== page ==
BRIEF DESCRIPTION OF THE DRAWINGS
FIG. 1 is side perspective view of an illustrative embodiment of a Car Charge Robot;
FIG. 2 is a perspective view looking upwardly at an illustrative embodiment of the Car Charge Robot of FIG. 1;
FIG. 3 is a fragmentary perspective view of the base of the illustrative embodiment of the Car Charge Robot of FIG. 1;
FIG. 4 is a fragmentary perspective view of a charging mechanism of an illustrative embodiment of the Car Charge Robot;
FIG. 5 is a side sectional view of the charging mechanism of FIG. 4;
FIG. 6 is a first portion of a flow diagram illustrating operation of an illustrative embodiment of the Car Charge Robot;
FIG. 7 is a second portion of the flow diagram illustrating operation of an illustrative embodiment of the Car Charge Robot;
FIG. 8 is a third portion of the flow diagram illustrating operation of an illustrative embodiment of the Car Charge Robot;
FIG. 9 is a fourth portion of a flow diagram illustrating operation of an illustrative embodiment of the Car Charge Robot;
FIG. 10 is a perspective view showing the robot opening a vehicle charging cover;
FIG. 11 is a side view showing the robot opening a vehicle charging cover;
FIG. 12 is a side sectional view of an illustrative charging mechanism;
FIG. 13 is a side sectional perspective view of the illustrative charging mechanism in an installed position;
FIG. 14 is a side perspective view of the charging mechanism being removed from the vehicle charging receptacle;
FIG. 15 is a block diagram of robot control circuitry;
FIG. 16 is a perspective view of a vehicle and the illustrative robot useful in illustrating the operation of the robot control circuitry of FIG. 15.
DETAILED DESCRIPTION
As shown in FIGS. 1-5, an illustrative car charge robot 10 has a base 11 with a robotic arm divided into three arm segments 15, 16, 17, as well as three drive motors 12A, 12B, 12C, for positioning the arm segments 15, 16, 17. On the undersurface 21 of the base 11 are located two drive wheels 13A, 13B and two free swiveling wheels 14A, 14B, which enable the robot 10 to maneuver autonomously. At the end of the arm segment 17 is a charging connector 24 configured to mate with the charging connector socket 34 (FIG. 5). The connector 24 has a motorized hook latch arm 28 that pulls the charging connector 24 into the charging socket 34 on the vehicle, or helps eject the connector 24 from the charging socket 34 on the vehicle. Positioned close to the connector 24 are one or more cameras 19A, 9B, which are employed to enable the robot 10 to locate the vehicle, locate the charging door 41 on the vehicle, open the charging door 41 on the vehicle, and insert the charging connector 24 into the vehicle charging socket 34. The charging connector 24 is electrically connected through the robot arm structure to a similar charging socket 18 on the car charge robot 10. In one embodiment of the car charge robot 10, there is a separate power lead for powering the robot 10 itself. In other embodiments, there may be a built in battery pack to power the robot 10 or the robot 10 may charge from an OEM vehicle charging unit.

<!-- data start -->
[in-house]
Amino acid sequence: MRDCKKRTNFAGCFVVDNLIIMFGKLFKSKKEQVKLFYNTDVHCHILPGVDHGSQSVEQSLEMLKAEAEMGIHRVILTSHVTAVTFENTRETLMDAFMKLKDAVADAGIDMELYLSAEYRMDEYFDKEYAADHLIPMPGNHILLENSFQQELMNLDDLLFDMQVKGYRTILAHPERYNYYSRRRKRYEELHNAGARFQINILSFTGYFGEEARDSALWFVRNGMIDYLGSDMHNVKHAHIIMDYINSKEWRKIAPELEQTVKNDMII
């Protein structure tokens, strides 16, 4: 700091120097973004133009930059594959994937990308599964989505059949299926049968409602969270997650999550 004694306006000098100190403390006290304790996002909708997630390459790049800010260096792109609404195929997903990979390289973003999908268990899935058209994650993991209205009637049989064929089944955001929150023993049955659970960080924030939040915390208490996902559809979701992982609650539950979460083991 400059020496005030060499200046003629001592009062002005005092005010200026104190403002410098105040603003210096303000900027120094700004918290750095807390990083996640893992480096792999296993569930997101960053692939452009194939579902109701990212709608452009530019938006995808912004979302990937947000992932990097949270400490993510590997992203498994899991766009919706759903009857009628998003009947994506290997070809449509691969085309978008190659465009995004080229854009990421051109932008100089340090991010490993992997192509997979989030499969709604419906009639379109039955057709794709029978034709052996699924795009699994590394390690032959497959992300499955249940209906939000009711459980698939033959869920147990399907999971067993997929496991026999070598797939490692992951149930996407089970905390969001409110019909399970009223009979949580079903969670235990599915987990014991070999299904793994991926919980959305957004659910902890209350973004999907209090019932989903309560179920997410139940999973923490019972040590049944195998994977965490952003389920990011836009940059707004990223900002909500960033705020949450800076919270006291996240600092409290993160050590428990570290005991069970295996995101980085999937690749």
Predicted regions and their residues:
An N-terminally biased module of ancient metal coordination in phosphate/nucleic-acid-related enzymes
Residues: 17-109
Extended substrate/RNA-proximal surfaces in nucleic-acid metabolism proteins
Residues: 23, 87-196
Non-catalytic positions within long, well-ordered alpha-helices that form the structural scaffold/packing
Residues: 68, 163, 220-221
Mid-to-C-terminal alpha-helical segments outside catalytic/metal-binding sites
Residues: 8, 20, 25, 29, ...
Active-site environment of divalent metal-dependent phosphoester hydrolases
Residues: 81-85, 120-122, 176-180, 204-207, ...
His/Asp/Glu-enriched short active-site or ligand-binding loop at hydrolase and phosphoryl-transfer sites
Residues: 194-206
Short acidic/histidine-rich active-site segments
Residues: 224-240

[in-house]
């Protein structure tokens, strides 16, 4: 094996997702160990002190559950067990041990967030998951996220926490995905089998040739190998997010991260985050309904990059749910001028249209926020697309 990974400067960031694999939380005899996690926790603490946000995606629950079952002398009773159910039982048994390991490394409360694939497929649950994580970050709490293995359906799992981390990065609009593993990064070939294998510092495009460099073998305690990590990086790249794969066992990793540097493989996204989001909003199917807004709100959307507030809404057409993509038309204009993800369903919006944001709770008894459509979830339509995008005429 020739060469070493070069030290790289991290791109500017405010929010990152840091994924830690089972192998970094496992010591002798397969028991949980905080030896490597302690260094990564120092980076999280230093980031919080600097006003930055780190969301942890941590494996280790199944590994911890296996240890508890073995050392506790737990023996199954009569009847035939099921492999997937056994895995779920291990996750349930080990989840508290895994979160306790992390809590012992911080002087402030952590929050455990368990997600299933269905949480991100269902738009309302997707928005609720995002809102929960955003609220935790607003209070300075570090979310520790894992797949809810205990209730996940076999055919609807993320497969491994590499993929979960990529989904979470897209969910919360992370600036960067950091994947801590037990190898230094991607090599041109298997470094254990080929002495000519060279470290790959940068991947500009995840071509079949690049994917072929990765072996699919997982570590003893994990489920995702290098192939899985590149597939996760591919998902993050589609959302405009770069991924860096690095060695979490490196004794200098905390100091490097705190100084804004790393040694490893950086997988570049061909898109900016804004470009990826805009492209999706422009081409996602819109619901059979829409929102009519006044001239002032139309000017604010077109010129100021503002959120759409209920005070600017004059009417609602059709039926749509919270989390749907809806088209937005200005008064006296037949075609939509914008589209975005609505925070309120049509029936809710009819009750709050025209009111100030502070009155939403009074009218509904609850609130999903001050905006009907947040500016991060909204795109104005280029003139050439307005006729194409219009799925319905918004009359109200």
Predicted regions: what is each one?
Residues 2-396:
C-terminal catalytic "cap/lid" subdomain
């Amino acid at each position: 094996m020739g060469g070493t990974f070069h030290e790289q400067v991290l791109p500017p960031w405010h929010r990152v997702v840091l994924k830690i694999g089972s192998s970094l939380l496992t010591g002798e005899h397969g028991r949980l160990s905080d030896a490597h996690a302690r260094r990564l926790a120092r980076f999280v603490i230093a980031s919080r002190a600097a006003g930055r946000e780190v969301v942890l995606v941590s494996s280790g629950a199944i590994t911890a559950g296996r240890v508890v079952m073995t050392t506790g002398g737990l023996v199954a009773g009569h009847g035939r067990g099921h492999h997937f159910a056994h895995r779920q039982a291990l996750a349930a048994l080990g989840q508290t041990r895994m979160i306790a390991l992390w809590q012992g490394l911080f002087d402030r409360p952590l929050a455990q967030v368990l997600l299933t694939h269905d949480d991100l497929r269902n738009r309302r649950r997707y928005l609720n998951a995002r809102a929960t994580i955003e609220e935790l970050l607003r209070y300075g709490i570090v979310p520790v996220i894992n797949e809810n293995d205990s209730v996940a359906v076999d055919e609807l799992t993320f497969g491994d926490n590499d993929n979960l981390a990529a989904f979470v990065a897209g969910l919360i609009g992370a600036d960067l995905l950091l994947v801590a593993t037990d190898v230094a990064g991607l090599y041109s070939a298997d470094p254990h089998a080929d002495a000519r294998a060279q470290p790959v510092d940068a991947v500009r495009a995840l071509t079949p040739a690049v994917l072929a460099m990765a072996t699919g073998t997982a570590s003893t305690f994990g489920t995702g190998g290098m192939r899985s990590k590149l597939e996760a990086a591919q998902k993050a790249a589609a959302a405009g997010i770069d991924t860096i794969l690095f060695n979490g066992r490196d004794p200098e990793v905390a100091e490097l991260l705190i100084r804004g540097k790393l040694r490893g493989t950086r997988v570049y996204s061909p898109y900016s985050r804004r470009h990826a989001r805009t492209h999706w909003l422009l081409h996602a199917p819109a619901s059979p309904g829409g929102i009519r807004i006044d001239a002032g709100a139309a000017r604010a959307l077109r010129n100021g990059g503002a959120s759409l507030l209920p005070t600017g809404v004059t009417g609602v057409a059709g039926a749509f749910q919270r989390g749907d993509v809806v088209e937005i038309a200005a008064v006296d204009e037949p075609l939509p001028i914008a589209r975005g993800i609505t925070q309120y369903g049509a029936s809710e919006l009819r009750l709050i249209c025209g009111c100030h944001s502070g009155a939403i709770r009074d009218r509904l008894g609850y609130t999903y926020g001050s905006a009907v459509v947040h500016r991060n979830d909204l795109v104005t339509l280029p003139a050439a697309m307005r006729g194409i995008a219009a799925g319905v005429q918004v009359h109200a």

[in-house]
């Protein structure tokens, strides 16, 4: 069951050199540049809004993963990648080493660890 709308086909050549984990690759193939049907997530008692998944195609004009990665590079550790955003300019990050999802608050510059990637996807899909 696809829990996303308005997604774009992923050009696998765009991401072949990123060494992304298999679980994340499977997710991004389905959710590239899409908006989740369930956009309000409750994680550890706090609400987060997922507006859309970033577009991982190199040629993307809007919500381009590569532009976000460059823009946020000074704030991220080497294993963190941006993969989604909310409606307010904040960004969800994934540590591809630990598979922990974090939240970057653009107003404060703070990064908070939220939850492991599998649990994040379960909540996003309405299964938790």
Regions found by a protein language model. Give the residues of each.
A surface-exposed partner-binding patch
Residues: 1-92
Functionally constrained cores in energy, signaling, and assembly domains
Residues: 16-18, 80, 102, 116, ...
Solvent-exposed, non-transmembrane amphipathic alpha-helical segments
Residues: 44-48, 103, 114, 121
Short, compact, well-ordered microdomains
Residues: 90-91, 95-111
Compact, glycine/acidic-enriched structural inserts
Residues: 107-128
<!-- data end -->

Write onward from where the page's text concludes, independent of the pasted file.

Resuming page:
FIGS. 6-9 illustrate operation of the robot 10 according to one embodiment. In these figures, the numerals 311, 313, 315, 313, 317, 330, 331, 332, 333, 334, and 335 designate process flow paths. Initially, at the start 100, the robot 10 waits at point 101 to be activated in response to the user pushing the “ON/OFF” button 415 in step 102. Then the process follows steps 103, 104, 106. When “SETUP” is detected in step 106, the robot 10 executes software routines 107 that enable the user to pair the robot 10 with a vehicle, select the brand and model vehicle from a list, and fix the “park” location where the robot 10 will park. Steps 108 and 109 allow the robot 10 to be turned off at any time.
According to step 110, the robot 10 always monitors for a Bluetooth signal of a vehicle to which it has previously paired. If it does not detect the Bluetooth signal, the process follows steps 105 and 106 before returning to step 110.
Once the driver closes in with the vehicle, the robot 10 detects a Bluetooth signal at step 110 and attempts to pair with the signal, steps 111, 112. In step 141, the robot 10 turns on its camera and sensor systems.
In Step 113, the robot 10 determines if it can autonomously unlock the charging door 41. The robot 10 then waits for the vehicle to be turned off, which is indicated by the Bluetooth signal disappearing. While the Bluetooth signal stays on, the robot 10 follows the loop defined by steps, 123, 121, 122, 110, 111, 141, 113 and back to 123. As soon as the Bluetooth signal disappears, the vehicle is ready for charging. In such case, the answer to test 123 of FIG. 8 is “NO”, and the robot 10 executes steps 124, 125, and 126 and then executes triple parallel processes which respectively begin at step 127, step 135, and step 137.
In the case that the vehicle does not have a door that can autonomously be unlocked by the robot 10, the robot 10 runs a triangular loop defined by steps 114, 122, 110, 111, 141, 113, 114 and waits until the vehicle has been stopped for more than 2 seconds as detected by observing the vehicle with the built in cameras 19A, 19B. When the vehicle has been stopped for more than 2 seconds, the robot 10 proceeds to step 115.